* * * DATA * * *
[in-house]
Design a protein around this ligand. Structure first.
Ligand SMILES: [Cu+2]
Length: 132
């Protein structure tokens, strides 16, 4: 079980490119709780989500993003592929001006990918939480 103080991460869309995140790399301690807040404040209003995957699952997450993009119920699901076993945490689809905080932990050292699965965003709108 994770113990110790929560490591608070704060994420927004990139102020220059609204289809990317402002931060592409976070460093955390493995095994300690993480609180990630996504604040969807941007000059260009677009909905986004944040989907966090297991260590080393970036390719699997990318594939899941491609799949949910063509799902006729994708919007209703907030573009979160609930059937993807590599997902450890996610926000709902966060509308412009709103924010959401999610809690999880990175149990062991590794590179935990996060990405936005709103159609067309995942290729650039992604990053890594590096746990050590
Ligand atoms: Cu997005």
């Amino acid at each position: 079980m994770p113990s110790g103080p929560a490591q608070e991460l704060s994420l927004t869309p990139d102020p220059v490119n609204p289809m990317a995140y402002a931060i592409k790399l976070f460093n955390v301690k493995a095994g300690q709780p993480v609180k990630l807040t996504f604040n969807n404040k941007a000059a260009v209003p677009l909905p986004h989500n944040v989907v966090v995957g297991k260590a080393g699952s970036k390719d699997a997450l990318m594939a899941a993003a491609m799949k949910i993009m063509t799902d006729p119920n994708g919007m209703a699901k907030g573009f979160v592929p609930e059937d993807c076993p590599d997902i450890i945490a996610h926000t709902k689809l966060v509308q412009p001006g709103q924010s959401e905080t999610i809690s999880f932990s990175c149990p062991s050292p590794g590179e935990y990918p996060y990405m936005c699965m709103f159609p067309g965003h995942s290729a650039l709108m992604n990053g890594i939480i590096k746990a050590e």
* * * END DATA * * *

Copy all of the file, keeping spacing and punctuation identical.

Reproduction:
[in-house]
Design a protein around this ligand. Structure first.
Ligand SMILES: [Cu+2]
Length: 132
């Protein structure tokens, strides 16, 4: 079980490119709780989500993003592929001006990918939480 103080991460869309995140790399301690807040404040209003995957699952997450993009119920699901076993945490689809905080932990050292699965965003709108 994770113990110790929560490591608070704060994420927004990139102020220059609204289809990317402002931060592409976070460093955390493995095994300690993480609180990630996504604040969807941007000059260009677009909905986004944040989907966090297991260590080393970036390719699997990318594939899941491609799949949910063509799902006729994708919007209703907030573009979160609930059937993807590599997902450890996610926000709902966060509308412009709103924010959401999610809690999880990175149990062991590794590179935990996060990405936005709103159609067309995942290729650039992604990053890594590096746990050590
Ligand atoms: Cu997005």
């Amino acid at each position: 079980m994770p113990s110790g103080p929560a490591q608070e991460l704060s994420l927004t869309p990139d102020p220059v490119n609204p289809m990317a995140y402002a931060i592409k790399l976070f460093n955390v301690k493995a095994g300690q709780p993480v609180k990630l807040t996504f604040n969807n404040k941007a000059a260009v209003p677009l909905p986004h989500n944040v989907v966090v995957g297991k260590a080393g699952s970036k390719d699997a997450l990318m594939a899941a993003a491609m799949k949910i993009m063509t799902d006729p119920n994708g919007m209703a699901k907030g573009f979160v592929p609930e059937d993807c076993p590599d997902i450890i945490a996610h926000t709902k689809l966060v509308q412009p001006g709103q924010s959401e905080t999610i809690s999880f932990s990175c149990p062991s050292p590794g590179e935990y990918p996060y990405m936005c699965m709103f159609p067309g965003h995942s290729a650039l709108m992604n990053g890594i939480i590096k746990a050590e």